Get protected

Research by IBM has found that human error is a major contributing cause in 95% of all cybersecurity breaches, which means that cybersecurity training can be one of the most effective precautions firms can take to protect themselves. Educate staff on best practices and train them to spot phishing e-mails, which remain the main vectors of malware infections or password harvesting. Keep antivirus software, operating systems, and security patches up-to-date, and implement multi-factor authentication. Consider hiring third parties to conduct IT threat and vulnerability assessments. 

Added insurance

Cybersecurity insurance offers another level of defense, and many clients contractually require firms to carry specific stand-alone policies. Some property insurance or professional liability policies could cover cyber-related incidents, but separate policies are generally required. In addition to financial protection, cybersecurity insurance carriers can offer technical resources to defend firms. According to AdvisorSmith, the average cost of cybersecurity insurance is $1,485 per year for $1 million in coverage with a $10,000 deductible. Costs vary, though, depending on coverage, deductibles, business size, and the sensitivity of stored information. 

The New Workplace

Hiring in a Work from Anywhere World

Lasting impact

Although an increasing number of workers are returning to the office as COVID-19 vaccination levels rise, working from home may be a permanent legacy of the coronavirus pandemic. A March 2021 survey by employer review website Glassdoor found that 86% of respondents would prefer to continue working from home at least part of the time post-pandemic.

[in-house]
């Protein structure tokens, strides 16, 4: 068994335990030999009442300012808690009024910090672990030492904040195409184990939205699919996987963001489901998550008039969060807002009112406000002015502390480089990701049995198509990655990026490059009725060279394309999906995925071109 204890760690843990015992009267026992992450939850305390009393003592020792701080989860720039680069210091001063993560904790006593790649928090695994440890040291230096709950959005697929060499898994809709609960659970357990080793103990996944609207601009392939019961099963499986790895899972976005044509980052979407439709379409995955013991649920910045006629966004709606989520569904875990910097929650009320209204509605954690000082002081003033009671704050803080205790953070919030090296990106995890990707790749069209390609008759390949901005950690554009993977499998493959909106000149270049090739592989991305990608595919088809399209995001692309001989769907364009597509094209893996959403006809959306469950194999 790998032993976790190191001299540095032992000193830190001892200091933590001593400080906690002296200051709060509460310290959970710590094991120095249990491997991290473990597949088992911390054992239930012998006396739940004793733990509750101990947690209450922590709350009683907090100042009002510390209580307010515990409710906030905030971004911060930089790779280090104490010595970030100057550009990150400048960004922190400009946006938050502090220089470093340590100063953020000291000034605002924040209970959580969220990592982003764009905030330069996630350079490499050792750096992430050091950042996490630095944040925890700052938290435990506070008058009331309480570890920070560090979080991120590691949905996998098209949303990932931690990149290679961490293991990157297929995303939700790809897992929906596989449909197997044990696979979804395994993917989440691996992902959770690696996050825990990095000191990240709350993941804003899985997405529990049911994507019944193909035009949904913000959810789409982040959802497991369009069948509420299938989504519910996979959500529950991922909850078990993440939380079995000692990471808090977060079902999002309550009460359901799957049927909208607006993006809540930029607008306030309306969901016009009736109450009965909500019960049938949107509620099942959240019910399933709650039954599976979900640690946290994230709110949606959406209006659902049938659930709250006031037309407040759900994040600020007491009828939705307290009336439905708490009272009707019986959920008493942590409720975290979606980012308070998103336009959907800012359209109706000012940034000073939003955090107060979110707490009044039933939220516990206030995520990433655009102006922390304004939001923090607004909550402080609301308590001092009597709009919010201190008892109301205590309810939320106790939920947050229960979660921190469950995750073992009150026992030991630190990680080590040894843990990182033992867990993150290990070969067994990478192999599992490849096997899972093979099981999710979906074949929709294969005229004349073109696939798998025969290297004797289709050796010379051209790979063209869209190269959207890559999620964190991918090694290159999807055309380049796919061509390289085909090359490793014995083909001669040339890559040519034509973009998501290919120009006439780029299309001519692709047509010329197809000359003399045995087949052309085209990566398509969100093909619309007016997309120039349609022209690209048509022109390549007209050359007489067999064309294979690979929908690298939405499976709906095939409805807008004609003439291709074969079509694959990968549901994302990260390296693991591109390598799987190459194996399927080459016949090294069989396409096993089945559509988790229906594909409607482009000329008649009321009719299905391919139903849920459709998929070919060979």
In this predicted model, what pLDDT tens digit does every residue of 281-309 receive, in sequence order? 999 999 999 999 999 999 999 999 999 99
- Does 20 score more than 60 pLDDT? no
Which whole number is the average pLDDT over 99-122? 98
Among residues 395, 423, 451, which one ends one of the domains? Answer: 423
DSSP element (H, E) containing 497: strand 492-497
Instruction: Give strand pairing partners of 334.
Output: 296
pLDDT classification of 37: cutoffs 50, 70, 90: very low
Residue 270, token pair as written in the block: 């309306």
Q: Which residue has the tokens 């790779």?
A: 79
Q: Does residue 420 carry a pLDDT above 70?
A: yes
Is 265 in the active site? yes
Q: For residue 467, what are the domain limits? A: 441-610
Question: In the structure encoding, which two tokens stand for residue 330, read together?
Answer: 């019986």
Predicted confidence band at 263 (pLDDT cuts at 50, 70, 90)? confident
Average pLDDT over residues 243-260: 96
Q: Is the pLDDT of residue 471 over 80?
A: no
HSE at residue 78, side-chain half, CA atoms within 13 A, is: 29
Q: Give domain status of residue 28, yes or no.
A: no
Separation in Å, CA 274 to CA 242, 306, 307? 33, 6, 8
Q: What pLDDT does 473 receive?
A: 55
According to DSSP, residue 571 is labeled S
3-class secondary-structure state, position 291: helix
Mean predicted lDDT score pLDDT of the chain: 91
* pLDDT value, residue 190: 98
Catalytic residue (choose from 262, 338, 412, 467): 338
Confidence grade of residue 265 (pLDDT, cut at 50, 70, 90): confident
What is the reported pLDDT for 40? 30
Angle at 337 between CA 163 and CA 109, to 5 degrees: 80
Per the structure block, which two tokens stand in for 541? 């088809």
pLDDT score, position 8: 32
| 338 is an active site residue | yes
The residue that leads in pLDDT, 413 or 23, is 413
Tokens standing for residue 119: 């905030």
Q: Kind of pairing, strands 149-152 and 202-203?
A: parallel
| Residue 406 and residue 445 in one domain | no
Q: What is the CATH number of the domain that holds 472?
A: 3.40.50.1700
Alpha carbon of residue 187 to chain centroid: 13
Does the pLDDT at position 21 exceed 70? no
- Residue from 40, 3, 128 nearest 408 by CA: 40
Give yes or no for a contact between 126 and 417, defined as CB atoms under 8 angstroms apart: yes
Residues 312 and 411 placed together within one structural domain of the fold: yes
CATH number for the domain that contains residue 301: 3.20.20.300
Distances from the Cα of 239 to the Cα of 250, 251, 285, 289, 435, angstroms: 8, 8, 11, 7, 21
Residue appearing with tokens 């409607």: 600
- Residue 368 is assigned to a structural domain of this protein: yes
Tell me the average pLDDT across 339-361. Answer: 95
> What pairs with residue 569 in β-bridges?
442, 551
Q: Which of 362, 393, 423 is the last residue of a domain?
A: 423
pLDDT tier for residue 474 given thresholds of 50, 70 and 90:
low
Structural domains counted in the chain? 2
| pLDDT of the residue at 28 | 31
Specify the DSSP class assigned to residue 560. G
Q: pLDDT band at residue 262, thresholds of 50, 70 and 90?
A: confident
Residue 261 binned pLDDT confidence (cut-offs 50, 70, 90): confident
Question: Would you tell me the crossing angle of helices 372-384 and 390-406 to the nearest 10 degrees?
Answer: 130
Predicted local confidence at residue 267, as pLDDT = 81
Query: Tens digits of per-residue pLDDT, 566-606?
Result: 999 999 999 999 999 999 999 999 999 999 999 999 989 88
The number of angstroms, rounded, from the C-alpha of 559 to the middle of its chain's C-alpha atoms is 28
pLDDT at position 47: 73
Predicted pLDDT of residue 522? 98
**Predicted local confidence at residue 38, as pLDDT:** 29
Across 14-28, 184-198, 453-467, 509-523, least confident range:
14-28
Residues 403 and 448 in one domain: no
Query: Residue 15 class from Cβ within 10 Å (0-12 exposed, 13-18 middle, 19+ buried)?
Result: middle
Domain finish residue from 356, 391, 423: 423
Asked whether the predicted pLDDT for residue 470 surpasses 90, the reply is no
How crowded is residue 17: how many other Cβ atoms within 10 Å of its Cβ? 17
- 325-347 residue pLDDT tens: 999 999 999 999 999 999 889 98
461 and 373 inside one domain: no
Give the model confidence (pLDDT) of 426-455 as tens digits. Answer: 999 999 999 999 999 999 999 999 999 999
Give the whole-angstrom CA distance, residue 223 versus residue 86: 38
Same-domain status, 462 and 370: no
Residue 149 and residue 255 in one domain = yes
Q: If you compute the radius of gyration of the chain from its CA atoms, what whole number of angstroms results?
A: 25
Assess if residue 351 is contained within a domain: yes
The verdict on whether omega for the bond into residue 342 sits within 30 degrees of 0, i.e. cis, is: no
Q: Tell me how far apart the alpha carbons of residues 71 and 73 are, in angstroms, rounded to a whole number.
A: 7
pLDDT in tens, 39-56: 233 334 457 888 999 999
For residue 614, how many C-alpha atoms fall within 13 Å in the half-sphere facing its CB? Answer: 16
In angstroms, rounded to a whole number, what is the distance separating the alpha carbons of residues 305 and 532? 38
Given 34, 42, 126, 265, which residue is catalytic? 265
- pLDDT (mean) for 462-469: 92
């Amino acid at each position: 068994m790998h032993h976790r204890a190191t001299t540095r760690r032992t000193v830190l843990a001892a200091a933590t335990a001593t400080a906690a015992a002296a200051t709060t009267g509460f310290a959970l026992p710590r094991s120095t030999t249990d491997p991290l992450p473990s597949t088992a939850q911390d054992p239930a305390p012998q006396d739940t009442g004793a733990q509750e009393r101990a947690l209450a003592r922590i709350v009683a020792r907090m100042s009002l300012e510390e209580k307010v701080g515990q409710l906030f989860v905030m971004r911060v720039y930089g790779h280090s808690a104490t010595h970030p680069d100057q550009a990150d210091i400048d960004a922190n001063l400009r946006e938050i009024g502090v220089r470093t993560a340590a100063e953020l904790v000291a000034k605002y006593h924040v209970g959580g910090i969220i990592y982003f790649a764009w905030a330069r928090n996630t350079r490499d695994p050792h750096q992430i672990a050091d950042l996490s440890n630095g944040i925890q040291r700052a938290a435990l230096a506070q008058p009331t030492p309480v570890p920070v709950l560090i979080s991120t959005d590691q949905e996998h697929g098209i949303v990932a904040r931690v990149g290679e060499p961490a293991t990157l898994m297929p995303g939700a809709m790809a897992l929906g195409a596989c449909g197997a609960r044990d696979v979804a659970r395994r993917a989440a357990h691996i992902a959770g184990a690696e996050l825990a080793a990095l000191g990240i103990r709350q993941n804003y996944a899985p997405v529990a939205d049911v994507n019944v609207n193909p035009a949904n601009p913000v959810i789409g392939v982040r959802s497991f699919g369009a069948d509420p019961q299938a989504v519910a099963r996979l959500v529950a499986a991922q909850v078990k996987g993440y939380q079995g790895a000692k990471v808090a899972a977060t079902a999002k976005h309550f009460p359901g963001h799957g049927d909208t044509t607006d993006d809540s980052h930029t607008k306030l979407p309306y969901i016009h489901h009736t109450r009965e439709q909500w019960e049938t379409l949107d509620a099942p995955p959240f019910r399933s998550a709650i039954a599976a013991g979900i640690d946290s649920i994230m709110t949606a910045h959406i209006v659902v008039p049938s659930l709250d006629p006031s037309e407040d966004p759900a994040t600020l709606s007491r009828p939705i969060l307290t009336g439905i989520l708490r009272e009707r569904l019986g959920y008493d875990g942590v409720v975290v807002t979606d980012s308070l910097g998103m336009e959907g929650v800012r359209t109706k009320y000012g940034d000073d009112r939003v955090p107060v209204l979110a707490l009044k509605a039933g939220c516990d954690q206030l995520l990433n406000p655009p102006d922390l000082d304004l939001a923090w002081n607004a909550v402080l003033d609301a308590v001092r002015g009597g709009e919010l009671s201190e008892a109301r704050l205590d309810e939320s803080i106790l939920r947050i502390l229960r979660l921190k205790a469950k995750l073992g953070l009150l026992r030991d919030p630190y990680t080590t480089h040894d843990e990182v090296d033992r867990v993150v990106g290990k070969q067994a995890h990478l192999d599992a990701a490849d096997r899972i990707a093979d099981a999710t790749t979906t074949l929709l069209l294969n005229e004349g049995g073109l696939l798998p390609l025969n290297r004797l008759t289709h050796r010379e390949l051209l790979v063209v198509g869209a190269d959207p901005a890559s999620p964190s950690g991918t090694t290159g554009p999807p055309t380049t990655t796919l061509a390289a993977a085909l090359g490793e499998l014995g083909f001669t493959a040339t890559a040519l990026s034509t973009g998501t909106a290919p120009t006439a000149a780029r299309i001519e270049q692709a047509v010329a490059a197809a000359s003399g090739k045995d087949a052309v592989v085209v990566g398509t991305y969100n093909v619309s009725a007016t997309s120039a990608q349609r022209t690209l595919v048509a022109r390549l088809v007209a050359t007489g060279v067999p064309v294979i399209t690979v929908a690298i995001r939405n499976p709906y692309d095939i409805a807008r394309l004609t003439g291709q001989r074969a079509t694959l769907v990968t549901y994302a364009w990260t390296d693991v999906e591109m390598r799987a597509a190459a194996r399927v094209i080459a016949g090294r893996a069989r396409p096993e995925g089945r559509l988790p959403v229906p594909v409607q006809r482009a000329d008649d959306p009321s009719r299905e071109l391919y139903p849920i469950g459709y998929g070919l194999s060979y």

Flex time

Employees aren’t the only ones who could benefit from the flexibility offered by an increasingly remote workforce. Without geography as a hiring constraint, employers can tap into a much deeper and diverse talent pool, which increases the odds of finding qualified candidates at a time when the AEC industry confronts a tight labor market. A Kansas City architecture firm might find that skilled project manager it’s looking for in Waikiki. Employers in high-wage areas might also find more economical candidates who live in regions with lower costs of living. Firms that hire employees who live in different jurisdictions from their offices or headquarters, however, could face new tax and labor law compliance obligations. 

Remote rising

Even as many workers return to the office, remote job postings continue to rise.Online job site Indeed reports that the number of U.S. job listings that mention “remote work,” “telecommute” or “working from home” has more than doubled over the last year, from 2.9% in January 2020 to 6.9% in February 2021. The same trend is happening in the AEC industry. “The option (or necessity) of working remotely will likely be here to stay,” reports Archinect, which reports a growing number of “remote” listings on its job board. A March 2021 survey of Archinect readers found that nearly three-quarters of firms would continue to provide an option to work remotely this year. Only 15% said a return to work would be required.